Sunday, 10 February 2013

Tips, Tricks and Tales - Lesson 5

Editing your Story: Using the Stylesheet for Copyediting tricks

As mentioned in Lesson 3 Copyediting is more than just using the right tenses and pronouns. In a fantasy world, your reader has no idea what the place looks like so it is entirely up to you to describe it.
In my fantasy series the first two stories take place mainly on a planet that I called Xa’an. To me as the author it is a living, breathing place full of people, magicians, dragons, rain forests, cities and a desert. But since my readers can’t ‘see’ that, I have to make sure that not only do I describe it to them, it has to be a consistent image to them in scenes where my characters walk through the village of Akan, or the streets of Ikea.
While the copyeditor is as much reliant on my words as my readers are, I can draw a map of both these places on paper or screen for me to keep track of what those places would look like. These maps can then be part of my style sheet.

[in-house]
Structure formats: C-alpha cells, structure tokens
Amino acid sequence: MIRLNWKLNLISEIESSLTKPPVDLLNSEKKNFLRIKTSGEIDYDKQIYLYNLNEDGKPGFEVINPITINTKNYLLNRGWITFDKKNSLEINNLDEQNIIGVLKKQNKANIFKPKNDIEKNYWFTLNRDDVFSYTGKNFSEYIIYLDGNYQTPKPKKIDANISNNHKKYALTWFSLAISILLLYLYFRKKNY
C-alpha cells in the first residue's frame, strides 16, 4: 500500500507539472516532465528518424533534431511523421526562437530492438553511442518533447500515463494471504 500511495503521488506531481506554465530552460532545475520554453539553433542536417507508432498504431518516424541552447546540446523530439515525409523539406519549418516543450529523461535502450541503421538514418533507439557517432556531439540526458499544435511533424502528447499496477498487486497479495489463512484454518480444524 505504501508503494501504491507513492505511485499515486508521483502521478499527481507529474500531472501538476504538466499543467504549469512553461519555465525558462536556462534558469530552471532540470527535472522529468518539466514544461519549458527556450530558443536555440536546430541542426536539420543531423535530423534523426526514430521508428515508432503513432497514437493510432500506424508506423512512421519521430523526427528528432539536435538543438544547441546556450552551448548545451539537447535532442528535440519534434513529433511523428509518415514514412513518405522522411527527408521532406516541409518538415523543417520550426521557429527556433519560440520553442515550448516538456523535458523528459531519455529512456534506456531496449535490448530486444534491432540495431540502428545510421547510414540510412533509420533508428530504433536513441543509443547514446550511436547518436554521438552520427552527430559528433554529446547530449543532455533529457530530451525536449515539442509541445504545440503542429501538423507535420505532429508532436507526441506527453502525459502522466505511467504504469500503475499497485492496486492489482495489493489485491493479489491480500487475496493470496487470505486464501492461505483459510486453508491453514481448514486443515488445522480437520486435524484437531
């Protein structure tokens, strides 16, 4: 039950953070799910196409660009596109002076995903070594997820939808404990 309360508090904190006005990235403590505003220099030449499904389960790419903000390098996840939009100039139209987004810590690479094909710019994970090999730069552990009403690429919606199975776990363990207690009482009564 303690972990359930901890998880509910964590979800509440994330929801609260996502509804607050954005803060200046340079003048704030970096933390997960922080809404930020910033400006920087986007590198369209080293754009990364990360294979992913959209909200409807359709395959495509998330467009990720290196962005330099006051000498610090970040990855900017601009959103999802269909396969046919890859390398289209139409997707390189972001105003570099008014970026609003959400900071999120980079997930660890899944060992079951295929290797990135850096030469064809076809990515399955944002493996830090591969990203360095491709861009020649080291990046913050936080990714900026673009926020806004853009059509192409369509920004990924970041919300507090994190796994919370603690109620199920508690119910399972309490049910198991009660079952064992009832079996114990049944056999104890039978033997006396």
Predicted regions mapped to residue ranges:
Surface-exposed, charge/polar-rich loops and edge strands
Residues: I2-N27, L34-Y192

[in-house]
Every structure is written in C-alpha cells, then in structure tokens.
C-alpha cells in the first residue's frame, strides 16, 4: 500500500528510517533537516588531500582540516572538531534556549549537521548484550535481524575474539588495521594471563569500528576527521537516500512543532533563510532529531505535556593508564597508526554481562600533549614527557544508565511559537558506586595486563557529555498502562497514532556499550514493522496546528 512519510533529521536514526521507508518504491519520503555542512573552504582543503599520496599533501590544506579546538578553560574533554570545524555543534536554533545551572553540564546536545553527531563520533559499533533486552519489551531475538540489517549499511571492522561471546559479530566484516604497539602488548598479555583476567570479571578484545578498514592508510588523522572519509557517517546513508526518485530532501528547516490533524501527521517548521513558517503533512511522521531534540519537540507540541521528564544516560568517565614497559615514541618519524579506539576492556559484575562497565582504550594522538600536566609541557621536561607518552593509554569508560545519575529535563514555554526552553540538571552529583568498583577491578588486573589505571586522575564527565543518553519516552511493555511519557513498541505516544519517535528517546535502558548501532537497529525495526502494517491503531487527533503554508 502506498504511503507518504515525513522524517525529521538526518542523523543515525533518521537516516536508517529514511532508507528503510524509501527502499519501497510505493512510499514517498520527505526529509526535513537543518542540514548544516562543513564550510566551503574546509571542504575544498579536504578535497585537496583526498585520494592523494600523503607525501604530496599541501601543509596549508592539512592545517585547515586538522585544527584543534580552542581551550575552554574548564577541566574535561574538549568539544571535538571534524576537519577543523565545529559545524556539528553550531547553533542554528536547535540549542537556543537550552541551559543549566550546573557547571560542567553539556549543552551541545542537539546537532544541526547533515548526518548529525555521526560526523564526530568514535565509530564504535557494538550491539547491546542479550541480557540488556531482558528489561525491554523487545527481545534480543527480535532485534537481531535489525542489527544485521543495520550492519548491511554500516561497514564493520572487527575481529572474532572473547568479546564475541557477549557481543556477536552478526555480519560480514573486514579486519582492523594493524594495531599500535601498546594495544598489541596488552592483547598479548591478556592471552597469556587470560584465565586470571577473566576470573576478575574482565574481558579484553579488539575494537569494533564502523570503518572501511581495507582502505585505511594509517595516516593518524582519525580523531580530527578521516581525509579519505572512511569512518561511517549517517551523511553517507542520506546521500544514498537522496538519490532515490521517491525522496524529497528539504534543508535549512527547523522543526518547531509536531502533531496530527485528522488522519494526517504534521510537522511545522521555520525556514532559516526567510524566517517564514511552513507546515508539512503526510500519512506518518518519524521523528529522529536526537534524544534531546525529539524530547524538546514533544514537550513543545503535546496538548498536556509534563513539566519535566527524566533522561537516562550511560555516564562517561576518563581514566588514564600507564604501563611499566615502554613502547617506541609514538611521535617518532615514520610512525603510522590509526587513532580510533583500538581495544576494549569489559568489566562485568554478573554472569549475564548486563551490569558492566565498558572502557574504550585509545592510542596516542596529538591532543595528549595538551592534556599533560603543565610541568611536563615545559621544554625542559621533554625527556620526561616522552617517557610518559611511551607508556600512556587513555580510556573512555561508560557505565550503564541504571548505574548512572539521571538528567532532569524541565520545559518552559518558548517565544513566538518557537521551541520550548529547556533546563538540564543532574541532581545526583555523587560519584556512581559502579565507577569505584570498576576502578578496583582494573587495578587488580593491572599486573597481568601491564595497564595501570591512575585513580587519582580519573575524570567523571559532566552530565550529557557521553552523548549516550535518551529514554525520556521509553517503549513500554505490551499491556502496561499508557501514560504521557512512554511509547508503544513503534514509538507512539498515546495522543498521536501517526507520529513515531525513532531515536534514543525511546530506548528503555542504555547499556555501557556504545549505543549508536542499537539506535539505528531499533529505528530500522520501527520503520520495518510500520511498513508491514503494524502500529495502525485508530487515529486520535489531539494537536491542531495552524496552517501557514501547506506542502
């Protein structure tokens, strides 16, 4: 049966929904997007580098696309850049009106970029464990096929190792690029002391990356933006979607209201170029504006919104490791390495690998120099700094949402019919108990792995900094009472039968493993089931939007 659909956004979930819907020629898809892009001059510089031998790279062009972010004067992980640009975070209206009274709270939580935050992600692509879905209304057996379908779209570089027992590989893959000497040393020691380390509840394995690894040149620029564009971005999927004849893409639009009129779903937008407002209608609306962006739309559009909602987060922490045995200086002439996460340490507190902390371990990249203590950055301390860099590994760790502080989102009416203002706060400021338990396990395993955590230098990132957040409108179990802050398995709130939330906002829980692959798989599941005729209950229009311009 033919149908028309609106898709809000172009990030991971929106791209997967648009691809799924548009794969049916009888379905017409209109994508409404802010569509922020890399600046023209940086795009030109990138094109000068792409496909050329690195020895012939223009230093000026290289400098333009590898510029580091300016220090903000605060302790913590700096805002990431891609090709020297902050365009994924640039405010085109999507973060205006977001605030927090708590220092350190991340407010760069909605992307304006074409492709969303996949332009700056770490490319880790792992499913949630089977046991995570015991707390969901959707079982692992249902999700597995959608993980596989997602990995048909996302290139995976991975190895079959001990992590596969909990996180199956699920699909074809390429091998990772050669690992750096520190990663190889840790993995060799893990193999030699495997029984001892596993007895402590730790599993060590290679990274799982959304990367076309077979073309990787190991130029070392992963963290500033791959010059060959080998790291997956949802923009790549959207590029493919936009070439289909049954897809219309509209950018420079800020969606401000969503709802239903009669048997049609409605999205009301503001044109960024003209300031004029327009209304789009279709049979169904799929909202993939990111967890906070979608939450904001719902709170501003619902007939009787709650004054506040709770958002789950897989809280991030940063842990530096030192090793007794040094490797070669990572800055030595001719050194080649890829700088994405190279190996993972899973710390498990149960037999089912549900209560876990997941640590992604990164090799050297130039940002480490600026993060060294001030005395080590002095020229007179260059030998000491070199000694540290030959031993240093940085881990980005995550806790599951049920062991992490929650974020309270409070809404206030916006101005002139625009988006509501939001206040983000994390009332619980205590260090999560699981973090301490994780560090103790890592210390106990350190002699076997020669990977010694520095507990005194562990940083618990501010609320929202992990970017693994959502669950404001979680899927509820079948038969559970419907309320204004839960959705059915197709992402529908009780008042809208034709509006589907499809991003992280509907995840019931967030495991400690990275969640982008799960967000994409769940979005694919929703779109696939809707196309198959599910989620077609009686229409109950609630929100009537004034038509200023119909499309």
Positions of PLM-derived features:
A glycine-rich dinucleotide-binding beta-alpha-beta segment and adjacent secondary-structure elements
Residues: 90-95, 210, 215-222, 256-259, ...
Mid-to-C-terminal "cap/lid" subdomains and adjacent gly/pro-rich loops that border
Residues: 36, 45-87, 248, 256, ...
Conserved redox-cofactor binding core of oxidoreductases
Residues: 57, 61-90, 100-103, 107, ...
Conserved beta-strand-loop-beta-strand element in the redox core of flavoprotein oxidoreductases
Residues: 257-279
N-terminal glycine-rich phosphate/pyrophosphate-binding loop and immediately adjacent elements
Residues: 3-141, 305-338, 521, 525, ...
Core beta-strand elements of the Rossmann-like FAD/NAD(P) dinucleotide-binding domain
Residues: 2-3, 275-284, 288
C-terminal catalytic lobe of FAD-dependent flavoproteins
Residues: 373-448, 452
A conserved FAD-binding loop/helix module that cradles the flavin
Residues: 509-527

Copyeditors check facts and truths as part of their service to the author, but in a fictional world these facts and truths are purely figments of the author’s imagination.
However, if I have defined my fictional universe to have two suns, and space travel and shape shifting dragons, which it does, some truths will still apply. The laws of physics do still apply, and the accepted truth that an evil being in one form is not going to turn our to be the saviour of humankind in another.
Of course, you can make your universe and characters any way you want, but there are some things that cannot be made believable just by wishing it to be so. Pushing the boundaries is what science-fiction (and sometimes fantasy) is all about, but being consistent in the presentation of the facts and truths as you define it is essential.
In my fictional universe some of my characters have unusual abilities, but they are still people with flaws and limitations. A good character definition helps make a character come to life in my mind while I am writing, but the Style Sheet can have a short list of the major traits of the main character. For example: T’ara in Géra’s Gift is constrained by her gift when using magic, while Elizabeth in Keeper of the Dragon Sword, has the same gift is constrained by having no magic at all, and yet had to learn to fight people who did.